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3D printing enthusiasts folks, today December 3rd (3D) we celebrate the INTERNATIONAL 3D PRINTING DAY!

After more than 30 years since the invention of the first 3D printer, this day strives to raise awareness, educate and promote the benefits of the 3D printing industry or Additive Manufacturing, as it is also known.

A technology that has been a huge boost to industry and society, creating and manufacturing new innovative and revolutionary opportunities.

Brief history of 3D printing

To know the history of 3D printing, we must first take into account several relevant milestones that marked its beginning.

  • 1976 - The inkjet printer is invented. With the appearance of these first 2D printers, the desire to go one step further was born: to move from the object that is in a machine and comes out drawn on paper, to print it physically.

  • 1981 - The Japanese Hideo Kodama invents two methods of plastic manufacturing with a polymer that hardens under ultraviolet light.

  • 1984 - Frenchmen Alain Le Méhauté, Oliver de Witte and Jean Claude André file their patent for the stereolithography process. And they do so just three weeks before Chuck Hull files his own patent for stereolithography. Eventually the Frenchmen's application would be abandoned for 'lack of business perspective' while Chuck Hull, co-founder, executive vice president and chief technology officer of 3D Systems, would invent stereolithography, the first commercial rapid prototyping technology, creating the first 3D printed part in history.

10 chronological milestones in the history of 3D printing


Chuck Hull develops the 1st 3D printing technology: stereolithography.


Autodesk’s CAD software offers 3D modeling for the first time.


At the Wake Forest Institute the 1st miniature and functional kidney is 3D printed.


RepRap is founded, it is the first self-replicating manufacturing machine. An open source initiative that aims to build a 3D printer that can print most of its own components.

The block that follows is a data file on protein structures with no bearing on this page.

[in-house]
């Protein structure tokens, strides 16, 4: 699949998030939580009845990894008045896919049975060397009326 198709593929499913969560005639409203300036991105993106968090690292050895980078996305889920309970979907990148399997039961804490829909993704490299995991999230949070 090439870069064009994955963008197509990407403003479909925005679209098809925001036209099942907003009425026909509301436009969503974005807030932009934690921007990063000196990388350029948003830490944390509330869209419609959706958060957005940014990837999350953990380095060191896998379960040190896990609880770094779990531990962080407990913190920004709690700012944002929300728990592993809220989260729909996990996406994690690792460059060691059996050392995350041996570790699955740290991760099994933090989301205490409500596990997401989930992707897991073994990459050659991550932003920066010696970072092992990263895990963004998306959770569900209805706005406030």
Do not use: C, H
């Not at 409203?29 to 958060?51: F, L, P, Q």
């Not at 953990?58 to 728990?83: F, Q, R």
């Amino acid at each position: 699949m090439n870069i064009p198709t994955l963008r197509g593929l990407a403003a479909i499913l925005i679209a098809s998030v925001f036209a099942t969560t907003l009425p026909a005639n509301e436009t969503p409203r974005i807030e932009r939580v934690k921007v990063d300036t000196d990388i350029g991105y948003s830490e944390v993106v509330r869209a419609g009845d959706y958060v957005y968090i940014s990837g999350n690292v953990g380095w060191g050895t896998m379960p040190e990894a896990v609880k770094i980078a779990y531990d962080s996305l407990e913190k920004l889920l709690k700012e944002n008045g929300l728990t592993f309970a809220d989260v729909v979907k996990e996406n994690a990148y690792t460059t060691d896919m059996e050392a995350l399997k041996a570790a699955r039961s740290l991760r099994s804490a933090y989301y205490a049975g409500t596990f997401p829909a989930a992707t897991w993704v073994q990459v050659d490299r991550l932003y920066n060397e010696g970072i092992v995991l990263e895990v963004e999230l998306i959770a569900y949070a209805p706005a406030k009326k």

A Material Jetting printer is created, the 1st machine to print multiple materials at the same time.


Engineers at Southampton University 3D print and fly the first UAV (unmanned aerial vehicle).


Filaflex is born, the first elastic and flexible filament for 3D printing manufactured by Recreus :)


Local Motors develops the first partly 3D printed electric car, Strati.


A family moved into the first habitable 3D printed house in Nantes, France.


At Tel-Aviv University, the 1st functional tiny human heart in the world is 3D printed.

And what else has happened since then?

After these milestones that have marked 3D printing technology, we cannot forget some other important, and very recent, events that have happened in these last two years.

  • 2020 - With the outbreak of the Covid-19 pandemic, 3D printing technology becomes a clear savior and demonstrates its full potential and value. It helps by producing and manufacturing quickly and from anywhere the necessary materials in the face of an apocalyptic scenario of crisis and scarcity of resources in health protection materials.

  • 2021 - Very recently, news broke that a patient in the United Kingdom received the world's first 3D printed ocular prosthesis. A breakthrough in manufacturing and innovation in time and realism. Traditional acrylic prosthetic eyes are hand-painted and take about six weeks to complete. With 3D printing, once a scan has been taken, the prosthesis can be printed within two and a half hours. It is then sent to an ocularist to finish polish and fit. The whole process takes just two to three weeks.

And what's next? What we are sure of is that 3D printing technology has no limits and is booming. Undoubtedly, it has all the potential to continue surprising us and revolutionize many more sectors and industries that need a change to improve and become more sustainable and/or efficient.

Source: 3D Natives and Wikipedia.

Discover Filaflex, the flexible filament that was a milestone in the history of 3D printing

Filaflex 70A

Filaflex 70A, ’Ultra-Soft’, is a highly elastic and advanced flexible filament from the Filaflex range for 3D printers. Shore hardness 70A 900% stretch High elasticity Resistant to solvents, fuel and acetone Odourless No hotbed required Made in the EU

Filaflex 60A

Filaflex 60A 'PRO', the most elastic and flexible filament on the market, only suitable for the most 'pro' and intrepid of flexible filament printing. Shore hardness 60A 950% stretch High elasticity Resistant to solvents, fuel and acetone Odourless No hotbed required Made in the EU

Filaflex 95A

Filaflex 95A, ’Medium-Flex’, is the perfect flexible filament for beginners in flexible printing. It's a semi-flexible elastic filament, compatible with all 3D printers on the market, including those with a Bowden extruder (with tube). Shore hardness 95A 500% stretch Medium elasticity Compatible with all printers Resistant to solvents, fuel and acetone...